Our study supports the theory that branch retinal vein occlusion is a marker of progressive cardiovascular disease that should be included in the risk assessment of patients for preventive intervention. General practitioners play an important role in the medical management of branch retinal vein occlusion through the identification and management of modifiable risk factors.
More About the Research
From Scientific Blogging: Science 2.0:
“Our new results indicate that branch retinal vein occlusion is caused by thickening of the arterial wall. This makes it crucial for doctors to treat patients diagnosed with the disease with medicine to lower blood pressure in order to prevent blood clots from forming in the heart and brain. Branch retinal vein occlusion is often a sign of increased risk of blood clots in other parts of the body,” explains [lead study author] Mette Bertelsen from the University of Copenhagen.
“To understand what is actually happening, it can be helpful to picture a garden hose that has been squeezed by a larger hose, cutting off the water supply. That is essentially what happens when a vein is compressed by a thickened artery. Clearly, the consequences can be serious,” explains Mette Bertelsen.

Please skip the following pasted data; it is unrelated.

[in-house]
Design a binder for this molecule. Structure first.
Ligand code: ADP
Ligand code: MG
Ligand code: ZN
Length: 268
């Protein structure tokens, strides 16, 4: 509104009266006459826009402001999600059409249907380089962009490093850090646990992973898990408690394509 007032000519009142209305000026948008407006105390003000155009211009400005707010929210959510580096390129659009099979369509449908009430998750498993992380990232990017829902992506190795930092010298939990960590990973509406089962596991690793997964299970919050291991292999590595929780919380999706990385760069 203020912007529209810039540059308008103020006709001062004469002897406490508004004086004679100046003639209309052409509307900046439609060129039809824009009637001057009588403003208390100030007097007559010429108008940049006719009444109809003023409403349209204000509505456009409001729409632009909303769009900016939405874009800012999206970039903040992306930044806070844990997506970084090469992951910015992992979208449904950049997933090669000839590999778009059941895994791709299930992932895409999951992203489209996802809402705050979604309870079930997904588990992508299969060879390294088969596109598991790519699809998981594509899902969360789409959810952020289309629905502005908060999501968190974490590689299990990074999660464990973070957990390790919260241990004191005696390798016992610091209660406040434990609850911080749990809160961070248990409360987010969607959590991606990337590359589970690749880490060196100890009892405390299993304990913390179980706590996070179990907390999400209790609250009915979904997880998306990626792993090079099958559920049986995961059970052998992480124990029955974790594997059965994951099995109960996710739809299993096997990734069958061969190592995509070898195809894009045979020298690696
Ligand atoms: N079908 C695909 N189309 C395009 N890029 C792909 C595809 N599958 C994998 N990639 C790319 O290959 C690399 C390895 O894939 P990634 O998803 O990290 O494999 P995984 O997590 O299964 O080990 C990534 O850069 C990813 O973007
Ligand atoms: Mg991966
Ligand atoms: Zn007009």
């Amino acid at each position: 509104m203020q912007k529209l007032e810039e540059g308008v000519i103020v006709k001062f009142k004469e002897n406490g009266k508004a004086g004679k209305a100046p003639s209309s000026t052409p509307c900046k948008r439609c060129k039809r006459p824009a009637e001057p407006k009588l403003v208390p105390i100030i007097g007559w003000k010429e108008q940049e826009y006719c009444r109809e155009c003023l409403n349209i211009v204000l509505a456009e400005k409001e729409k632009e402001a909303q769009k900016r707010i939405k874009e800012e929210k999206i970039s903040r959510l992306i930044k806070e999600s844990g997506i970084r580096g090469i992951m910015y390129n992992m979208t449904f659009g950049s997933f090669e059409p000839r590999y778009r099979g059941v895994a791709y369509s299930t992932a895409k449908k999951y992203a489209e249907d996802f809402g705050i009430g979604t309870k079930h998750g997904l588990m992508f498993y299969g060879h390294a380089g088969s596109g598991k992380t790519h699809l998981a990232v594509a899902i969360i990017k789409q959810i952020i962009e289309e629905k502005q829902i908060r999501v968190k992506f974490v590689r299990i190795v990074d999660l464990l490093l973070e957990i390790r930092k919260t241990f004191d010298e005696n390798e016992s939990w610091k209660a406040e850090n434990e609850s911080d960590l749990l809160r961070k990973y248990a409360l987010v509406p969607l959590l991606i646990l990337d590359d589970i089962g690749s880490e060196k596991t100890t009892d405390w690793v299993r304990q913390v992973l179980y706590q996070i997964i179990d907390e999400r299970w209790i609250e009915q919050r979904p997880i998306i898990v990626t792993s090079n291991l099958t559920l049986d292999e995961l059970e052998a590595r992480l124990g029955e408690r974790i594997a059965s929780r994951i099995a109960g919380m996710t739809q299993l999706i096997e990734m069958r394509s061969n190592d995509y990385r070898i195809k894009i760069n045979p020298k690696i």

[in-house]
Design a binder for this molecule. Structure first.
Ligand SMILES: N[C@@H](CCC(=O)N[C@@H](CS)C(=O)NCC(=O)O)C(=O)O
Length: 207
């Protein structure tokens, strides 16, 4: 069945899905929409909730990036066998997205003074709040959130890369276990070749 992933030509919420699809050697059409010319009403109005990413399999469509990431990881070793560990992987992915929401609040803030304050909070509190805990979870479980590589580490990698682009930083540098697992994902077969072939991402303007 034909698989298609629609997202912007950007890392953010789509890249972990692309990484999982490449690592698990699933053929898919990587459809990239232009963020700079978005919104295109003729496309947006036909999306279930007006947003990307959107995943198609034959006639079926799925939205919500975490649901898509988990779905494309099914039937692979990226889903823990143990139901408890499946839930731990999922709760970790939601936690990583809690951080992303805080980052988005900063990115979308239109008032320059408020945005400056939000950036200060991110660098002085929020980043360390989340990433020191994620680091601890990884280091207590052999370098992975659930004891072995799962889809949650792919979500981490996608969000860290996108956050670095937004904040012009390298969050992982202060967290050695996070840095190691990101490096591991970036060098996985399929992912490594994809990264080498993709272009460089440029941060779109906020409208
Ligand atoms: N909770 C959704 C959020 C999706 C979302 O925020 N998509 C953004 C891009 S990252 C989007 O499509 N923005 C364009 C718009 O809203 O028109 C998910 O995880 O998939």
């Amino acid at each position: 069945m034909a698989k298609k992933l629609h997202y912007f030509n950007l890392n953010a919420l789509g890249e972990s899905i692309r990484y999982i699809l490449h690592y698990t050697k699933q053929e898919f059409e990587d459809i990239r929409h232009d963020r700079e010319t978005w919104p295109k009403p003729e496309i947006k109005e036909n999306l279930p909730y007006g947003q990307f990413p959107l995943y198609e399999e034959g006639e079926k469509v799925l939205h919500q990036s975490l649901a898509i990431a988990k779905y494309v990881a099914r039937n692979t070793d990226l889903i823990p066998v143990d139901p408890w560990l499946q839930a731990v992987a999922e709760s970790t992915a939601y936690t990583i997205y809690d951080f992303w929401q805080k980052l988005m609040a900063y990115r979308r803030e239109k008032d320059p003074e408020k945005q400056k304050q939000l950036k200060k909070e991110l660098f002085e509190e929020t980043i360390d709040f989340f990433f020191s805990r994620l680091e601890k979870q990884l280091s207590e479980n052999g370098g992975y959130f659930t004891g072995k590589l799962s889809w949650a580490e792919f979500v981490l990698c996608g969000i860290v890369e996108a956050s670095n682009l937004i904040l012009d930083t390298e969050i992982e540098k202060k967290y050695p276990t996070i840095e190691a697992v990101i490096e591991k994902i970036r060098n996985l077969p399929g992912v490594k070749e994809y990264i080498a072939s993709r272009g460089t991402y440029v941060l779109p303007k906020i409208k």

A Personal Story
VisionAware contributor Kaye Olson, lead author of the Coping with Vision Loss Study, describes her own struggle with branch retinal vein occlusion:
Similar to other adults with visual symptoms prior to a diagnosis, I said to my husband one morning, “I’m calling to have my eyes examined. I think I need a prescription change.” I had covered each of my eyes separately and the left eye was blurred, but I wasn’t yet concerned.
Initially, an ophthalmologist examined me at the clinic, but he told me I that I must see a retinal specialist within 24 hours. Following my eye exam with the retinal specialist, two statements propelled me into shock and disbelief: “You have a branch retinal vein occlusion (BRVO) with permanent complications, including vision loss,” and “There is no known treatment for you.” My physician compared it to a “stroke on the retina.” This occurred on March 26, 2002.
Even as an accomplished nurse practitioner, I had no knowledge about a BRVO and I wasn’t able to process how there couldn’t be any help for me in such modern times. I felt anger rising within me.
As I learned, the complications from my BRVO were severe and pervasive: retinal hemorrhaging, retinal ischemia (retinal cells dying from lack of oxygen), and a scarred macula, which permanently destroyed the central vision in my left eye.
Read Kaye’s story in its entirety to follow her personal journey through vision loss, including her discovery of support groups, coping strategies, and the restorative power of vision rehabilitation. VisionAware will continue to provide updates for this ongoing research as they become available.
Image source: BMC Ophthalmology, in accordance with the terms of Creative Commons Attribution 2.5 License.